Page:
Jurassic World: Dominion Review

When the predecessor to Jurassic World: Dominion was unveiled in the summer of 2018, it proved the franchise had indeed fallen to a new level of mediocrity. Fallen Kingdom was a huge disappointment. As much as I wanted to give it credit for trying some new things, the execution failed. Despite a couple of cool set pieces and the dinosaurs still looking cool, I found Kingdom to be the worst of the five in the series.

Dominion challenges that status. Colin Trevorrow made 2015’s Jurassic World. While many of the complaints about it were valid, I still found it to be satisfactory even if did lean hard on the nostalgia angle. After J.A. Bayona handled directorial duties for #2Trevorrow is back behind the camera here and the nostalgic leanings are in full force. So much so that the three stars of 1993’s iconic Jurassic Park – Sam Neill’s Dr. Alan Grant, Laura Dern’s Dr. Ellie Sattler, Jeff Goldblum’s Dr. Ian Malcolm – are mixing it up with Chris Pratt, Bryce Dallas Howard, and their sort of daughter who may or may not be a clone.

In case you forgot (and I wouldn’t blame you if you did), Fallen Kingdom thrust human cloning upon us as a plot point. Isabella Sermon’s Maisie was revealed to be the recipient of such experimentation and now she’s a young teen living with Pratt’s Owen and Howard’s Claire deep in the woods. She’s not allowed to go anywhere because many would like to continue experimenting on her. Her isolation is wearing on her as she seeks to break out of her small radius. As you may also recall, dinosaurs are now roaming freely across parts of the world (including Maisie’s backyard).

There’s one corporation who’d like to snatch Maisie and her Dino friends. Biosyn Genetics is run by Dr. Lewis Dodgson (Campbell Scott). Located in the Italian mountains, the futuristic company has its greedy hands in all kinds of pots. The main one involves locusts. Yes, a significant portion of Dominion‘s plot involves these crop eating creatures and Biosyn’s plans to control the world’s food supply. If that seems like an out of nowhere storyline that has little to do with dinosaurs, you’d be correct.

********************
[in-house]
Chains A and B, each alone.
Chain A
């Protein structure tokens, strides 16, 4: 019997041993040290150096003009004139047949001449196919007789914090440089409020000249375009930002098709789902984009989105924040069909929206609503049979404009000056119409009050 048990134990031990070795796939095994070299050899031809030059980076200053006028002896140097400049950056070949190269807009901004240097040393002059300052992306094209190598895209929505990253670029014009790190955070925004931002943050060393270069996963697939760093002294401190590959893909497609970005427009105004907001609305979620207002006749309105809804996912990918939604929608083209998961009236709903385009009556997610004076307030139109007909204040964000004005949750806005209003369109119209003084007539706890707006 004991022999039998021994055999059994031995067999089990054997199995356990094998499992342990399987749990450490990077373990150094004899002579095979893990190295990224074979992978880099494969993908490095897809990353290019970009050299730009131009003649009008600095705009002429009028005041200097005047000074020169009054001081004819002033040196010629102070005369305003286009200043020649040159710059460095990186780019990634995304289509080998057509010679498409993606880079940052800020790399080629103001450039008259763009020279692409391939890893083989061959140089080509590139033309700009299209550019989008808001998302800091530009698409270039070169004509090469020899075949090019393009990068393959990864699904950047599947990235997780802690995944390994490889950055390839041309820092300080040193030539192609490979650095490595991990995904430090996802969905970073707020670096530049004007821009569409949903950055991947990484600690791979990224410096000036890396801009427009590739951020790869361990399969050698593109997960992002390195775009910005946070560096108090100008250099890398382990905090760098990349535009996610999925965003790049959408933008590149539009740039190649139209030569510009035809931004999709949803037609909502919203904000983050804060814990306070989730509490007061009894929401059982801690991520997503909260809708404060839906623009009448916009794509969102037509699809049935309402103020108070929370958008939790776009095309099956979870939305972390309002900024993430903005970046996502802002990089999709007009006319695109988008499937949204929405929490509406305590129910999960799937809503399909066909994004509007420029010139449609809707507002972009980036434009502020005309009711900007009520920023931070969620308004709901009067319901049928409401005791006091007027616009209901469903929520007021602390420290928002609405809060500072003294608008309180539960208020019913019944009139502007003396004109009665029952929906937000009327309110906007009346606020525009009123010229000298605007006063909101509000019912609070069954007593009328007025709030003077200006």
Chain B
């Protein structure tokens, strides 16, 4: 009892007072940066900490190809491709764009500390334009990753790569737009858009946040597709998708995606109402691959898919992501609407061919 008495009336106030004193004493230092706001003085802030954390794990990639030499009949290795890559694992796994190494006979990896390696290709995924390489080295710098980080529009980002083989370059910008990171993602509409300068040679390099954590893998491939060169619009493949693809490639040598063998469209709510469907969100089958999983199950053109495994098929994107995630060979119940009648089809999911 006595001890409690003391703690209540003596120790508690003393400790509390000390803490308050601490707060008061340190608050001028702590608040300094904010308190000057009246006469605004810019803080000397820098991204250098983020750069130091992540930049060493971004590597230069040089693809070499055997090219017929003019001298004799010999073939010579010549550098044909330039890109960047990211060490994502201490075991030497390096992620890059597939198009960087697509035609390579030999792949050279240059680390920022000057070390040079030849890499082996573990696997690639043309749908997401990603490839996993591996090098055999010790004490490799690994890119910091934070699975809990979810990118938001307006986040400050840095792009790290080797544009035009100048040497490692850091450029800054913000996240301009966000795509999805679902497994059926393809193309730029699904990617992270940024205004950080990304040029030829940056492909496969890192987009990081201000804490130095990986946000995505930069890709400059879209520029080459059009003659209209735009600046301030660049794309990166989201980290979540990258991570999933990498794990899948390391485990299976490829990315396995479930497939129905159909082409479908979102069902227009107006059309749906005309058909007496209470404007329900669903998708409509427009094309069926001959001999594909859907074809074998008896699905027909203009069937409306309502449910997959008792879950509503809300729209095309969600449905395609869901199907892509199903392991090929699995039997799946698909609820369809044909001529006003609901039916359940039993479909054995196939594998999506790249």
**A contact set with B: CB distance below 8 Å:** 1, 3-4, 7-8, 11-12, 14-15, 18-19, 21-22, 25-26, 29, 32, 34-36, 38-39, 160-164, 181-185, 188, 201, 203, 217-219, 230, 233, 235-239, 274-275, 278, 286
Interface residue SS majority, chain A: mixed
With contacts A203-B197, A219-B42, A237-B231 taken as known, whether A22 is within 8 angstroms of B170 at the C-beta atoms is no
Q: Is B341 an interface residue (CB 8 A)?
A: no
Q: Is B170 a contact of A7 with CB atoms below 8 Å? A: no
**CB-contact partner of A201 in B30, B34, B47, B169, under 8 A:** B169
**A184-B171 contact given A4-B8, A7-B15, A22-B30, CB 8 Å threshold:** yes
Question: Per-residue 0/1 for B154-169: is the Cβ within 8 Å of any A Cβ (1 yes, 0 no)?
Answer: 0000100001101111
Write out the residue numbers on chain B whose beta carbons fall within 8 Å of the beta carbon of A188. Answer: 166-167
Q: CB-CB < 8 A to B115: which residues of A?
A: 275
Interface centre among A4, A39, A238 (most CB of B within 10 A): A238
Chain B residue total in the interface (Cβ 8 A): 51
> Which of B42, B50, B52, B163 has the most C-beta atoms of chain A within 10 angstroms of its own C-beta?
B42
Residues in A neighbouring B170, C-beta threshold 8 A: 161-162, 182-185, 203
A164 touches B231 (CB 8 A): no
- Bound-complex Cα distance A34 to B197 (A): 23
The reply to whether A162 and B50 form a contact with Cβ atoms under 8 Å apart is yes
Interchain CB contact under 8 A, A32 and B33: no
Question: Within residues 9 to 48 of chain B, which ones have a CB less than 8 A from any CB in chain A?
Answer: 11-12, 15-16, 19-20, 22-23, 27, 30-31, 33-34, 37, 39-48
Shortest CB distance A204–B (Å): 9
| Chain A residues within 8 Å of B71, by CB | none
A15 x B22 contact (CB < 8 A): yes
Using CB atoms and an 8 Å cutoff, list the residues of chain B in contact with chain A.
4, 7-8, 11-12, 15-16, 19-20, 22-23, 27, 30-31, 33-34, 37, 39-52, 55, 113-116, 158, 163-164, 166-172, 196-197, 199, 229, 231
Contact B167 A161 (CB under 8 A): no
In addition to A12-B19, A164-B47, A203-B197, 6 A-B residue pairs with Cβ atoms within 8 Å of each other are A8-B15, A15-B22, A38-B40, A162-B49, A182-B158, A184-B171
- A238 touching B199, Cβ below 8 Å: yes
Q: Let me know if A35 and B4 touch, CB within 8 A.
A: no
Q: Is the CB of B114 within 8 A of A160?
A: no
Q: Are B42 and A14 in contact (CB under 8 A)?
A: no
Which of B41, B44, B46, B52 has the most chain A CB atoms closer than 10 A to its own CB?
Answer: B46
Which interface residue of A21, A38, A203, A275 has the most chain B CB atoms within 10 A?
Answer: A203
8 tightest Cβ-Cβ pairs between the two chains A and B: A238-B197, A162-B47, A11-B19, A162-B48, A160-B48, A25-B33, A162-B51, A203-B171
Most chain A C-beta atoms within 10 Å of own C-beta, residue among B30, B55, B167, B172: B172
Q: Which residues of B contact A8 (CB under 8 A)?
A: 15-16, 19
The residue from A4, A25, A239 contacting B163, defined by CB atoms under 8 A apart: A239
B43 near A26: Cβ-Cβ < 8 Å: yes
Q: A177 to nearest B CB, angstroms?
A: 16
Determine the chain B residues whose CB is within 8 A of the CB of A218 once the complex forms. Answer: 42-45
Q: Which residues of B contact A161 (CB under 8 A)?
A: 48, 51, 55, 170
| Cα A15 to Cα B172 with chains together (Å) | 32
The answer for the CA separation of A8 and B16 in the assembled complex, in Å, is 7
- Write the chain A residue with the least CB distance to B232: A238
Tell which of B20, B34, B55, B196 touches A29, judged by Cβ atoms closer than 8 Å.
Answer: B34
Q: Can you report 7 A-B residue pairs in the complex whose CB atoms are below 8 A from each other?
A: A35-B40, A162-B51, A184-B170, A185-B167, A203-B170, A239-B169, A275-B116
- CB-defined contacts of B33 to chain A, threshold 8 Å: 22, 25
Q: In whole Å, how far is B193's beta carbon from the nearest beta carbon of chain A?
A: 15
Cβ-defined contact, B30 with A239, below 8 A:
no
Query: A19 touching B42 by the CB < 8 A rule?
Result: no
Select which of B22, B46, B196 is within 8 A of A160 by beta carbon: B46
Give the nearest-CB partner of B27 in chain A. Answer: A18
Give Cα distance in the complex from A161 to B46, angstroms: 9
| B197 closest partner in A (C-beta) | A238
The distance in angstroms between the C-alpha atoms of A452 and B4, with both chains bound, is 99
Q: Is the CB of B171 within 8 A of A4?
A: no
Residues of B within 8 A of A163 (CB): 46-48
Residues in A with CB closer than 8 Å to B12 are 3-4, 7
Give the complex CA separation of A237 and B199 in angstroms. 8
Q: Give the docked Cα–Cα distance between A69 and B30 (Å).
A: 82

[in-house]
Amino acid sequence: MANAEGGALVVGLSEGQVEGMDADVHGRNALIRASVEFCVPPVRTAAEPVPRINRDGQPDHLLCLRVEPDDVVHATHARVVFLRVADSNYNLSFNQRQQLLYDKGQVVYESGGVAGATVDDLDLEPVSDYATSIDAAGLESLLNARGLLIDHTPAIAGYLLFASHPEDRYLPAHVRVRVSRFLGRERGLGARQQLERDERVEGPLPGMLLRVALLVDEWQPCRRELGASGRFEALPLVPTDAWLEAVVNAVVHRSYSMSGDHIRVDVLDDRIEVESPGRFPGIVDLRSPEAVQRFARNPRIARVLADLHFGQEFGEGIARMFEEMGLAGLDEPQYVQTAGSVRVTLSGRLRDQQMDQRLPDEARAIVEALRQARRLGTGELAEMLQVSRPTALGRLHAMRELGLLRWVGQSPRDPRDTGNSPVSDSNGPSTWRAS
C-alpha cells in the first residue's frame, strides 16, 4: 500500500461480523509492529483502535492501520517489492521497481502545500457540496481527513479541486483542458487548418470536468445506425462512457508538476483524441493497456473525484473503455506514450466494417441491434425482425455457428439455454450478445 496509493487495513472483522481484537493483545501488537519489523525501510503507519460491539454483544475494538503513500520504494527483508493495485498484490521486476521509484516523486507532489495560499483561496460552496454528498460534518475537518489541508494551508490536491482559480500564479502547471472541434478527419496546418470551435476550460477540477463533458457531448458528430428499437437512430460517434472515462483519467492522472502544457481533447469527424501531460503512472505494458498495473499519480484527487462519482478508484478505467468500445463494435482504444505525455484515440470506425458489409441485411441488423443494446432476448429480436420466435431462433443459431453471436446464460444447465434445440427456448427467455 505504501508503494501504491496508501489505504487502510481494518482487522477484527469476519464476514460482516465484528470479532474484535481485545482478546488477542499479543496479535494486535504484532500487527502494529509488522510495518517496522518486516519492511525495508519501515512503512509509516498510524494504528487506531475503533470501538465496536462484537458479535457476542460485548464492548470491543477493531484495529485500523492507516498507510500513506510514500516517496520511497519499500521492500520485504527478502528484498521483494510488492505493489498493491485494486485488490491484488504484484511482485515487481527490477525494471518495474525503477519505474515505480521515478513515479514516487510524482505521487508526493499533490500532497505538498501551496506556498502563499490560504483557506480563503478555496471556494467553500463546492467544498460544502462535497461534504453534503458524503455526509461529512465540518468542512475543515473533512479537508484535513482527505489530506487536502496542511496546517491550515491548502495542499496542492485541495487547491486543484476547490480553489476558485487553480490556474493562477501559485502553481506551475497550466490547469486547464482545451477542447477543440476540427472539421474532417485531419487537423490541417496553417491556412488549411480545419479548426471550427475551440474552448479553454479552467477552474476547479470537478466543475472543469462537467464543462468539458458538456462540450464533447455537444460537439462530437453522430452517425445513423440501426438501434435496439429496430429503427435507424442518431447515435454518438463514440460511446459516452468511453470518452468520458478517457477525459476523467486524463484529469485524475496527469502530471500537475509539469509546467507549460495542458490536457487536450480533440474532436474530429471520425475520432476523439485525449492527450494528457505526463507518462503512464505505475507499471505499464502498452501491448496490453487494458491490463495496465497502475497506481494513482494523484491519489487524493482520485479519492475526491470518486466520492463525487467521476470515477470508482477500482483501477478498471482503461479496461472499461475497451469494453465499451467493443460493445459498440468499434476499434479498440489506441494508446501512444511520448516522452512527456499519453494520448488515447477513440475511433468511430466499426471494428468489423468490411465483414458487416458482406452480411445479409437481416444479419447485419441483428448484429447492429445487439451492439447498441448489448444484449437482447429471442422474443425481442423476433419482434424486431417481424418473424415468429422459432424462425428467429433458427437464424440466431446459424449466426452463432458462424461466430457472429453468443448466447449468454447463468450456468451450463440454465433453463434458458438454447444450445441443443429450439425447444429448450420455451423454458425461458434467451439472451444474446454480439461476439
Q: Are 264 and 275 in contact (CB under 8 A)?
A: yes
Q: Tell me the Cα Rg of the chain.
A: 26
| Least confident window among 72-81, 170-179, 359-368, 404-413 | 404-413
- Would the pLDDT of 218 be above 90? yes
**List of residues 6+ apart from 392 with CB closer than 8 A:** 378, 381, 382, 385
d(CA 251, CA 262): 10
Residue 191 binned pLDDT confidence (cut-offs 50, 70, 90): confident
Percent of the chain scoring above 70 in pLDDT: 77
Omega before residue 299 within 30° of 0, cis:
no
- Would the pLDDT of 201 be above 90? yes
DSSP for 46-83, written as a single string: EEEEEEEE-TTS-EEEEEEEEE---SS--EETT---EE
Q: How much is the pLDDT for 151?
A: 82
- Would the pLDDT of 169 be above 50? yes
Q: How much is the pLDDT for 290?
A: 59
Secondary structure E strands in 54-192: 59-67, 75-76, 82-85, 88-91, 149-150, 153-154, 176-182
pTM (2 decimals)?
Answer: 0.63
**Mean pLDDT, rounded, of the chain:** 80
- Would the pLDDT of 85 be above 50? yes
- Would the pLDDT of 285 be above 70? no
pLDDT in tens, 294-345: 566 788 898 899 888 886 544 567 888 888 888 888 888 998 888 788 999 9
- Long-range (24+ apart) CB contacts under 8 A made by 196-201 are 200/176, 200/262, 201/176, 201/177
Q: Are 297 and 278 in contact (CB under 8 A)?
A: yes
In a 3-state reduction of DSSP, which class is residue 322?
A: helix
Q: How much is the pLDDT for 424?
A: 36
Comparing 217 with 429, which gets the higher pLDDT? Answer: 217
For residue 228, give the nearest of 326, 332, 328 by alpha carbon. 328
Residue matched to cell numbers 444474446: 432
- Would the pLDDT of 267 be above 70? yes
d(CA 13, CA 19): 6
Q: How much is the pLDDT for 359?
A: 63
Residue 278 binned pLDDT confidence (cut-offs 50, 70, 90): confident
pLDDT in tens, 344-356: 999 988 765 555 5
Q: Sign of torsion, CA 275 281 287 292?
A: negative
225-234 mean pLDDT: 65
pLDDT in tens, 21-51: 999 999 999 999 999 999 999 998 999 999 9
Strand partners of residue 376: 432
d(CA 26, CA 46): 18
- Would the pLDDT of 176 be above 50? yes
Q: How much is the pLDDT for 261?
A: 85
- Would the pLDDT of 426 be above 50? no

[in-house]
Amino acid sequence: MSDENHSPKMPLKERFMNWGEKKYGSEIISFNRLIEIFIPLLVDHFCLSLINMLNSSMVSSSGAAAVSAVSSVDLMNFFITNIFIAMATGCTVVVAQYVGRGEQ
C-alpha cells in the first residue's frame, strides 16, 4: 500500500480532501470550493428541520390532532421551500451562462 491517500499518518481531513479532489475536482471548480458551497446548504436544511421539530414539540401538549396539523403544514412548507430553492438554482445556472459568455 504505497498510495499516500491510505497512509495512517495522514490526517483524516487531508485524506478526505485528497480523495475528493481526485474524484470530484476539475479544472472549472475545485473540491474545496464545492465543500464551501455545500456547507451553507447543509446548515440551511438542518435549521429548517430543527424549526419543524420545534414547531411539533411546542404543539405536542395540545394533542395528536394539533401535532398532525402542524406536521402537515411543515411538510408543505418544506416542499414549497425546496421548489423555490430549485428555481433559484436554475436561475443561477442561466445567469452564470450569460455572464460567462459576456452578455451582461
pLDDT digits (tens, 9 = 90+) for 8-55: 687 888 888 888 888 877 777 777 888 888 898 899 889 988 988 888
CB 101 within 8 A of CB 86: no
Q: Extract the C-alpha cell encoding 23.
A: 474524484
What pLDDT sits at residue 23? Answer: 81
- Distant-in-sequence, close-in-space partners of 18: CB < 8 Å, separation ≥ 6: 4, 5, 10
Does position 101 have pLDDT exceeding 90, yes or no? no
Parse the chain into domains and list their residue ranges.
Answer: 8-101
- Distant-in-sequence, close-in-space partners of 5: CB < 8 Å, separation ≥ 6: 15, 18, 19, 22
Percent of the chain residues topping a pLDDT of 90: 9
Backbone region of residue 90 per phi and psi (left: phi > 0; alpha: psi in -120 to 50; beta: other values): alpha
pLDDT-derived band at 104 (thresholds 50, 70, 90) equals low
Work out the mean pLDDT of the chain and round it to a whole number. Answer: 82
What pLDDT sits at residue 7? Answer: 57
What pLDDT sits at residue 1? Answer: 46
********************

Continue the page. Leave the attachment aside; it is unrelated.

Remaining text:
However, these CG locusts do give an excuse to bring back Neill and Dern’s characters when they travel to Italy to investigate (Goldblum is already working for the company). When Maisie is snatched up, Owen and Claire find themselves trekking overseas as well for what we know will eventually be a melding of the stars of both trilogies.

There’s some new characters including DeWanda Wise’s cocky Air Force pilot and Mamoudou Athie as Dodgson’s morally conflicted right hand man. The real thrill is meant to be the return of the OG players from three decades ago. Here’s the rub – despite Jurassic Park being amazing, its one minor flaw was its human characters (with the exception of Goldblum) being a bit dull. Seeing Neill and Dern reignite their unrequited passion isn’t exactly Han showing up on the Millennium Falcon with Chewie after 30 years. I’ve already discussed the lack of passion between Owen and Claire in my review of the predecessor.

Where Dominion manages to be a very slight improvement over Kingdom is a couple of expertly constructed action sequences. A car chase involving the prehistoric creatures in Malta is legitimately thrilling. These brief moments of excitement are too often interrupted by humdrum fan service, cloning, and attacks of the locusts. In other words, there’s a couple of cool set pieces and the dinosaurs still look cool. It’s not enough. The Jurassic series veered off course with Kingdom and it doesn’t regain much footing in Dominion. 

** (out of four)

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